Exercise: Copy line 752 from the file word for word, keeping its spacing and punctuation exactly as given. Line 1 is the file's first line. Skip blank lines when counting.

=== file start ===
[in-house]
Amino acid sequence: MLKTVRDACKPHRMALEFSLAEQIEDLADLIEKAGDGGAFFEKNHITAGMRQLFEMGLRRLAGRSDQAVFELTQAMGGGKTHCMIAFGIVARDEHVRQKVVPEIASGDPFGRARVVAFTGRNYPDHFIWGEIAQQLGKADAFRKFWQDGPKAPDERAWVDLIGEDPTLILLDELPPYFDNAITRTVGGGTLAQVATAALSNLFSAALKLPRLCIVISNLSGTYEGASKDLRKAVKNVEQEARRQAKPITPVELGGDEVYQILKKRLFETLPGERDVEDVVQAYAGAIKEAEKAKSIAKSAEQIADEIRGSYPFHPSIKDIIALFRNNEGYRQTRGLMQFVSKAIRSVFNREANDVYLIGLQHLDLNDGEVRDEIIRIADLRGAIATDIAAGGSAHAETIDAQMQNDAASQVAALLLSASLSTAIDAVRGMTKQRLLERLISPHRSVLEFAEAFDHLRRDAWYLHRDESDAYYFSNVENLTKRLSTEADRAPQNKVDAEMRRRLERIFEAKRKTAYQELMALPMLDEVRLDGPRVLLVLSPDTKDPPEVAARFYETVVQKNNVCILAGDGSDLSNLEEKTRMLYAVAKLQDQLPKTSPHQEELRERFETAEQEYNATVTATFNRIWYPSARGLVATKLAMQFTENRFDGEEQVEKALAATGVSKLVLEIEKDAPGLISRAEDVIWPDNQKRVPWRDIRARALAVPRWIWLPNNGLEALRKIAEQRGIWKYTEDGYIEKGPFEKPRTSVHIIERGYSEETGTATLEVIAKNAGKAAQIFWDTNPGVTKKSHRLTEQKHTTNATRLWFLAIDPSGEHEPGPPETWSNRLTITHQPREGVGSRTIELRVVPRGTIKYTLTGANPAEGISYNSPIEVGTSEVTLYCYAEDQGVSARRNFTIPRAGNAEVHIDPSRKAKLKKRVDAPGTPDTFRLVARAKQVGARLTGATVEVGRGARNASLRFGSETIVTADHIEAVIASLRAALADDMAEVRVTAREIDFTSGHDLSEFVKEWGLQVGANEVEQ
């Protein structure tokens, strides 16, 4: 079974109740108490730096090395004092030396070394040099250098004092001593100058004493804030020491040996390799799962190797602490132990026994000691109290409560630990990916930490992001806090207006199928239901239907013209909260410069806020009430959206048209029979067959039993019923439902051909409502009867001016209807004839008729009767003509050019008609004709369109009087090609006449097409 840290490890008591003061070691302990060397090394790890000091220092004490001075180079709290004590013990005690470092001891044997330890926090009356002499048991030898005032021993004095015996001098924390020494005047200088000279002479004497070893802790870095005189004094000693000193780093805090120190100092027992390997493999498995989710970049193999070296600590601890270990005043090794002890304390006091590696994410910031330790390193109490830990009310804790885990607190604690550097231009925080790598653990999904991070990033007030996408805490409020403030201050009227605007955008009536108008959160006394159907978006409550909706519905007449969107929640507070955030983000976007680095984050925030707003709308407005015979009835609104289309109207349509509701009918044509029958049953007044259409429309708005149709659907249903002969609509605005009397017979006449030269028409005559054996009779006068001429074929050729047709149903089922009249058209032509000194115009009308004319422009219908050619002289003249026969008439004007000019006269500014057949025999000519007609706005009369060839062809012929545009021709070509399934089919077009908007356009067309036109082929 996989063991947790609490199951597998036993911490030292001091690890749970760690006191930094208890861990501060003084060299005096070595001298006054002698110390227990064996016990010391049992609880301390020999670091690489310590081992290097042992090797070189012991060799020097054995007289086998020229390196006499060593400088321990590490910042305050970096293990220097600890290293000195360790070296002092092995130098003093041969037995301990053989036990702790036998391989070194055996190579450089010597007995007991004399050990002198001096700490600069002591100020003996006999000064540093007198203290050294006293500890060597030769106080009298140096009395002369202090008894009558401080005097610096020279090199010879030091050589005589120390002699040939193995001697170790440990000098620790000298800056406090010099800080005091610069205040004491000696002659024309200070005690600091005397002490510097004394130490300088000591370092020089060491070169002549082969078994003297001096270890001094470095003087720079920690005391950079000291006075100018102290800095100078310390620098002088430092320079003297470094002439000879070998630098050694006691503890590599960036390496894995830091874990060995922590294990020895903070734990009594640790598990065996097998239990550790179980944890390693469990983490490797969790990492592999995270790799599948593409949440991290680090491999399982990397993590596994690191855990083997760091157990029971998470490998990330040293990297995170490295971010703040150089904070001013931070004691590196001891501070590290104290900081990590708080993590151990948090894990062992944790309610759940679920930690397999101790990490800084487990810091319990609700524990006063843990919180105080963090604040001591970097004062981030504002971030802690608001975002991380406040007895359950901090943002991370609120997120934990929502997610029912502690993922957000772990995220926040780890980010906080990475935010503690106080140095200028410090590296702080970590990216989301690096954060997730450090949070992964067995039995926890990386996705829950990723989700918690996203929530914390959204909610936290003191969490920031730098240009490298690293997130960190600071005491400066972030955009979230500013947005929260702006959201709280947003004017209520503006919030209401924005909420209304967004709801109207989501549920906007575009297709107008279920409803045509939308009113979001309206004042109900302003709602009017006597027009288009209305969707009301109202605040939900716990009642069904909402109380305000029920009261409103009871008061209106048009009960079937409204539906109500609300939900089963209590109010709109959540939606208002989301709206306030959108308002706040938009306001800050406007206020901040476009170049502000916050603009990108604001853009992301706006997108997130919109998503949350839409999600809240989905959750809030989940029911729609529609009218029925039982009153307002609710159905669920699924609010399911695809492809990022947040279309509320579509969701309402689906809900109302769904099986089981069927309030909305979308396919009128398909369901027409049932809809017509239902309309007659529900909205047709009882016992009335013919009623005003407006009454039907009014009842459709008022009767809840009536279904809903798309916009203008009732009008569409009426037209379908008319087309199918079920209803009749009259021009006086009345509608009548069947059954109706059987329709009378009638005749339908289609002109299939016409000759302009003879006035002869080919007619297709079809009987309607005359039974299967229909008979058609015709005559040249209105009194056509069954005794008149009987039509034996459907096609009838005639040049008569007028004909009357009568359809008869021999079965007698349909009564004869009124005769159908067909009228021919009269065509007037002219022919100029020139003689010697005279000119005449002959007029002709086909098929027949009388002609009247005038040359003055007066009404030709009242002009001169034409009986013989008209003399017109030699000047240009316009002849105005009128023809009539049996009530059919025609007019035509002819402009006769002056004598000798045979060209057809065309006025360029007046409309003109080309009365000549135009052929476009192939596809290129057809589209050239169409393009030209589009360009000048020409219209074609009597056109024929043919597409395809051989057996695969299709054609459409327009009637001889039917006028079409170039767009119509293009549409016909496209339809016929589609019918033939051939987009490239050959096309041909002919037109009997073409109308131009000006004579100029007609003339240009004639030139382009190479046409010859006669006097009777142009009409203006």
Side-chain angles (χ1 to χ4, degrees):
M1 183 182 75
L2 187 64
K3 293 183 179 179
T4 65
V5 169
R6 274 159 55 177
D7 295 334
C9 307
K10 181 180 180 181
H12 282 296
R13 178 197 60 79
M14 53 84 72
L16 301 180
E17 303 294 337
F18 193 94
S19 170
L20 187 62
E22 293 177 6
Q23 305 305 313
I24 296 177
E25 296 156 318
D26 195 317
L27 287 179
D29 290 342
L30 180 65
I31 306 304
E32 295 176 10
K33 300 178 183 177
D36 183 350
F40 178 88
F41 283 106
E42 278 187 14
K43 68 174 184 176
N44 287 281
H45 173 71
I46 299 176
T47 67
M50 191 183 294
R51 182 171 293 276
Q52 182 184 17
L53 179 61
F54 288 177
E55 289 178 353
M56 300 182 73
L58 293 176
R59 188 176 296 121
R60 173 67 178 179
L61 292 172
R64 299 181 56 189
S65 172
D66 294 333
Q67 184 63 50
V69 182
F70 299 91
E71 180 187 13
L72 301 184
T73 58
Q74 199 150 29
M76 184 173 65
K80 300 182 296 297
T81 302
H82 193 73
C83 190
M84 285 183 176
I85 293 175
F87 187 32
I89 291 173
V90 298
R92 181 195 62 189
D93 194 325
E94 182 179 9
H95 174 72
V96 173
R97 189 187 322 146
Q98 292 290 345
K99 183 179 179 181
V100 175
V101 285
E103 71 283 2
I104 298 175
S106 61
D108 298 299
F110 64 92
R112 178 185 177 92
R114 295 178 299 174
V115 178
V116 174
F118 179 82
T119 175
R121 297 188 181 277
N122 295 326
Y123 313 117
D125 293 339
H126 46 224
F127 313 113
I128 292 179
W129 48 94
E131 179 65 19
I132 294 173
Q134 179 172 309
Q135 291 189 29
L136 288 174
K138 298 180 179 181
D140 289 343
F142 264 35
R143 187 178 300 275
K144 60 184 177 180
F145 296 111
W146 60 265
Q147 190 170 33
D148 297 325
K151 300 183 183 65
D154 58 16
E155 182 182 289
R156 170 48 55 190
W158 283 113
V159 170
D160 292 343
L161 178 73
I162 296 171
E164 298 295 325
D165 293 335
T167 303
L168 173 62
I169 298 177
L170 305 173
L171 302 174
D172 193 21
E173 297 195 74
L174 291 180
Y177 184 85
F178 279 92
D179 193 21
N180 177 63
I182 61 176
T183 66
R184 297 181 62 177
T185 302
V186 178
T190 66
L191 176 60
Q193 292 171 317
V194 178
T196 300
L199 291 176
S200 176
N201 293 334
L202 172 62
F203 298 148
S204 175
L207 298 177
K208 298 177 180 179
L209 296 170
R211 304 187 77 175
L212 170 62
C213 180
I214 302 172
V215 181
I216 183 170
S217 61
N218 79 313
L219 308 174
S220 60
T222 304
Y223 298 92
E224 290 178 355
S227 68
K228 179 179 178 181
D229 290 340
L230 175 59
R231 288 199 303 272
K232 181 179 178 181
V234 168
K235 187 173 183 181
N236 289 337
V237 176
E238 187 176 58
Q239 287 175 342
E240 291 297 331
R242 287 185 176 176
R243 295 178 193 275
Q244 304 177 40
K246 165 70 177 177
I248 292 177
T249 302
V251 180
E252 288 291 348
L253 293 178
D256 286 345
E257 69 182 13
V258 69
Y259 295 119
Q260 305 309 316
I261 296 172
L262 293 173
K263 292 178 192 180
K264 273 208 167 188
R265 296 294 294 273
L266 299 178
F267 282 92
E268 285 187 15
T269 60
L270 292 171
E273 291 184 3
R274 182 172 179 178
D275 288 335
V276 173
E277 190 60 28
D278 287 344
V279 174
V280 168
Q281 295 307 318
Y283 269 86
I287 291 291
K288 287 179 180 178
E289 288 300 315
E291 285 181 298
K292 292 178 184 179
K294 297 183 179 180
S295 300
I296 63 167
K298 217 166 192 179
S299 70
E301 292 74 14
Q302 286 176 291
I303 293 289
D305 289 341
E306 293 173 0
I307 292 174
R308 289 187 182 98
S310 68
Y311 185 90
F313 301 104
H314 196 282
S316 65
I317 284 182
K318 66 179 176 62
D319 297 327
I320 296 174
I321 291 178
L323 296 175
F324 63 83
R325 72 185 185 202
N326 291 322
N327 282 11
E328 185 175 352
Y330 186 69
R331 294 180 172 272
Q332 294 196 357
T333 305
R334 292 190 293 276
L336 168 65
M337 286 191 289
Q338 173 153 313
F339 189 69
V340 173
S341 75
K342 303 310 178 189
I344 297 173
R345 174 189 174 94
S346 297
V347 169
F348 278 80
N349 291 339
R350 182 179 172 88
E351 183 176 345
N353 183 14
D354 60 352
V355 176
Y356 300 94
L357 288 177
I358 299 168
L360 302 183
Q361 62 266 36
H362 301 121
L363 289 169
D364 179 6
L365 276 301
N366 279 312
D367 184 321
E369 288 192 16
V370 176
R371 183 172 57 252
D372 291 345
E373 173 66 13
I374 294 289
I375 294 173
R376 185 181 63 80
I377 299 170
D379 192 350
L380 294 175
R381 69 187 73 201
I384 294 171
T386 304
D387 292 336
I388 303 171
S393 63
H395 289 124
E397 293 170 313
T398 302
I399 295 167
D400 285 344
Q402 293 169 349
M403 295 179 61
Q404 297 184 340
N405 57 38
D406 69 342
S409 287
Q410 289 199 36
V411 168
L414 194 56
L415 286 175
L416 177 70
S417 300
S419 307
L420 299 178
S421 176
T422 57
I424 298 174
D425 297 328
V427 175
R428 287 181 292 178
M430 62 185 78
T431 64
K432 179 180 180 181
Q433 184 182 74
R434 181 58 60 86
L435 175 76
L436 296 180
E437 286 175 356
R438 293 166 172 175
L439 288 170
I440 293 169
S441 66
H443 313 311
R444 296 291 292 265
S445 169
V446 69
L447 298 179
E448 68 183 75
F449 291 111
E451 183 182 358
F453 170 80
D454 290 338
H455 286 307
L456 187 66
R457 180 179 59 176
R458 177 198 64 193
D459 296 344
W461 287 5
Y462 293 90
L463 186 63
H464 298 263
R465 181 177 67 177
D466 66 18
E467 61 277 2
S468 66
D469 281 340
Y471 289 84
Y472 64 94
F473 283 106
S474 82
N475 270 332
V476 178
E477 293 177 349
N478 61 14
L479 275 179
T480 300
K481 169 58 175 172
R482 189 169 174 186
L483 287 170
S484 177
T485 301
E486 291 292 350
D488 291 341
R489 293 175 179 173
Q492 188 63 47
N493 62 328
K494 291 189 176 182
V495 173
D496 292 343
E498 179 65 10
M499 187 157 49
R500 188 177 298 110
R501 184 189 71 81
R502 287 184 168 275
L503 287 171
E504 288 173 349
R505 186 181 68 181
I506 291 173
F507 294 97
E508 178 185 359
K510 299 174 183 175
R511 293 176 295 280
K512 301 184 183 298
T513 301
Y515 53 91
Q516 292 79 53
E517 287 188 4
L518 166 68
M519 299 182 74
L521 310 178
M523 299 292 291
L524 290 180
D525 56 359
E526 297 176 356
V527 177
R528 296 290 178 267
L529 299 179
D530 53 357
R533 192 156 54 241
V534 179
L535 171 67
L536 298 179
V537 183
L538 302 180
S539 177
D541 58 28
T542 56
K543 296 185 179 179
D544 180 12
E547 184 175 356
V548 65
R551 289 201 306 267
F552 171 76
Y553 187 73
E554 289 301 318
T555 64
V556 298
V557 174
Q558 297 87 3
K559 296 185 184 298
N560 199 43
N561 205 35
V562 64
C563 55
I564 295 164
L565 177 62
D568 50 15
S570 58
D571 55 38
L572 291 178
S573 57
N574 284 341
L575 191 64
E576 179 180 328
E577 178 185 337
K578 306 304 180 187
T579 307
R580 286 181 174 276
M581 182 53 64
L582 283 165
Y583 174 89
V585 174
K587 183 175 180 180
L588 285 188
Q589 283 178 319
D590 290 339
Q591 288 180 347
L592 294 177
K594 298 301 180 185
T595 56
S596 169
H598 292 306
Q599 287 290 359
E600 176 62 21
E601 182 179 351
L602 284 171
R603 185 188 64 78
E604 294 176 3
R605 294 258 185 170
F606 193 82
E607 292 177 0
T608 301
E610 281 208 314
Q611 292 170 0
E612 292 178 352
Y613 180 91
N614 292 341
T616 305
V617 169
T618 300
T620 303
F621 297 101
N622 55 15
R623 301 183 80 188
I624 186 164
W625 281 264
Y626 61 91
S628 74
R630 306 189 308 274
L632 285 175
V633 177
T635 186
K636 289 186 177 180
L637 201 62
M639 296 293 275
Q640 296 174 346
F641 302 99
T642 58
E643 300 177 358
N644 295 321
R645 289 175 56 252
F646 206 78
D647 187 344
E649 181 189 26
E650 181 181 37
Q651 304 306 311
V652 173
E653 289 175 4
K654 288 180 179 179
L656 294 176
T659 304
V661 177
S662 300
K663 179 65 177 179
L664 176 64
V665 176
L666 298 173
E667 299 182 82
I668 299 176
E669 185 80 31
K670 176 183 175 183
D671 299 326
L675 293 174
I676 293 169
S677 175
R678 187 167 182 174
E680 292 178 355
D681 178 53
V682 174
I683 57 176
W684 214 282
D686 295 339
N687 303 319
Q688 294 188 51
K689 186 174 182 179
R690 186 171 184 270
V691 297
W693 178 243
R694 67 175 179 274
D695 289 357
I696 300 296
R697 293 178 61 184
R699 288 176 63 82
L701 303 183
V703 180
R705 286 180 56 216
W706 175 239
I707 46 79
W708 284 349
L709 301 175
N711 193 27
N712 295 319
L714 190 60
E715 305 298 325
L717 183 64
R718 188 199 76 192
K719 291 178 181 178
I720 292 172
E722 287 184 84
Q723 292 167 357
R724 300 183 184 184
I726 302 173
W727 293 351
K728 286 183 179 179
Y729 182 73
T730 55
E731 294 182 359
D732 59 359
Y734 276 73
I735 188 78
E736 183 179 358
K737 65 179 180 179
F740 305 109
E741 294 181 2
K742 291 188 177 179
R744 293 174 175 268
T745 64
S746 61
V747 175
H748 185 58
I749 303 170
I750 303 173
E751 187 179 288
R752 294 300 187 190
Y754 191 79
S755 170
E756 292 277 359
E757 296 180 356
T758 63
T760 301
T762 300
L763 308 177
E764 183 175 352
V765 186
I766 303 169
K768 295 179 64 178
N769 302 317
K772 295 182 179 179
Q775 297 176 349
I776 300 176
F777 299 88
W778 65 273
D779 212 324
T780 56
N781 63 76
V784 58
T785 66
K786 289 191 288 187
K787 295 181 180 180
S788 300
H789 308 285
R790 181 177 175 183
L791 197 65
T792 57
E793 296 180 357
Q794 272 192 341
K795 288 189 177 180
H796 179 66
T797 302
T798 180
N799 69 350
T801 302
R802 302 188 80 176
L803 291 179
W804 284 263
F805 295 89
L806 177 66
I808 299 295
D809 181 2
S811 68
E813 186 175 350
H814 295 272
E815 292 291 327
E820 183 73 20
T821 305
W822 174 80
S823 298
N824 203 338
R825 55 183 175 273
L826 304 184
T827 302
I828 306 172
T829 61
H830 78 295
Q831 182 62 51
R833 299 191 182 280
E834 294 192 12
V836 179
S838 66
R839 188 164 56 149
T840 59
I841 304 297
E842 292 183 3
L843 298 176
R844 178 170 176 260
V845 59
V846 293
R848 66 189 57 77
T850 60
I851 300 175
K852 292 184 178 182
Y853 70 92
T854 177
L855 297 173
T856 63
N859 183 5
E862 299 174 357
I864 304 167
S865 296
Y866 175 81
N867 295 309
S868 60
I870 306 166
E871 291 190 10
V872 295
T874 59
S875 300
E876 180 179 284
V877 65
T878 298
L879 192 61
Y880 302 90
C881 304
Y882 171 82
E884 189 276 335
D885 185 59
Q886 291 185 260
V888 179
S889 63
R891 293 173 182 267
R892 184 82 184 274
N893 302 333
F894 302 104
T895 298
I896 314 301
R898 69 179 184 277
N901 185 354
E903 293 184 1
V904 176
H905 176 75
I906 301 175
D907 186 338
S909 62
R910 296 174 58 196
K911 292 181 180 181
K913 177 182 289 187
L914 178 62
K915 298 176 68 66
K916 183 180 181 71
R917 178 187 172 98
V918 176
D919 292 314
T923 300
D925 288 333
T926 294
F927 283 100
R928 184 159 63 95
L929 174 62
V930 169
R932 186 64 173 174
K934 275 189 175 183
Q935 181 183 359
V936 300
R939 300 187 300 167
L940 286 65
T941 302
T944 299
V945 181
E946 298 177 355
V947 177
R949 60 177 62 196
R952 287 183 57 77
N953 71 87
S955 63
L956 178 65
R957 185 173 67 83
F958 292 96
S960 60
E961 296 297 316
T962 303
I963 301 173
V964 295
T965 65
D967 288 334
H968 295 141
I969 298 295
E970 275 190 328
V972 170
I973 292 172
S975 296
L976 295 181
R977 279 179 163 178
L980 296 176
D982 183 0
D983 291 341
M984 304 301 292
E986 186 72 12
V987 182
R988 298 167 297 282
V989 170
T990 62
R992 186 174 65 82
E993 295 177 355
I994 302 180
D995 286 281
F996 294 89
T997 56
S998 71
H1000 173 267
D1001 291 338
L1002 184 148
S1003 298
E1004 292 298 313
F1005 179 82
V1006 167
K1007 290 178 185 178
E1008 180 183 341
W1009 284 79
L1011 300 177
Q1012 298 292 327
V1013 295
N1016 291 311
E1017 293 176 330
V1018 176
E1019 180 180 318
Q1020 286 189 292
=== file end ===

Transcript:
I969 298 295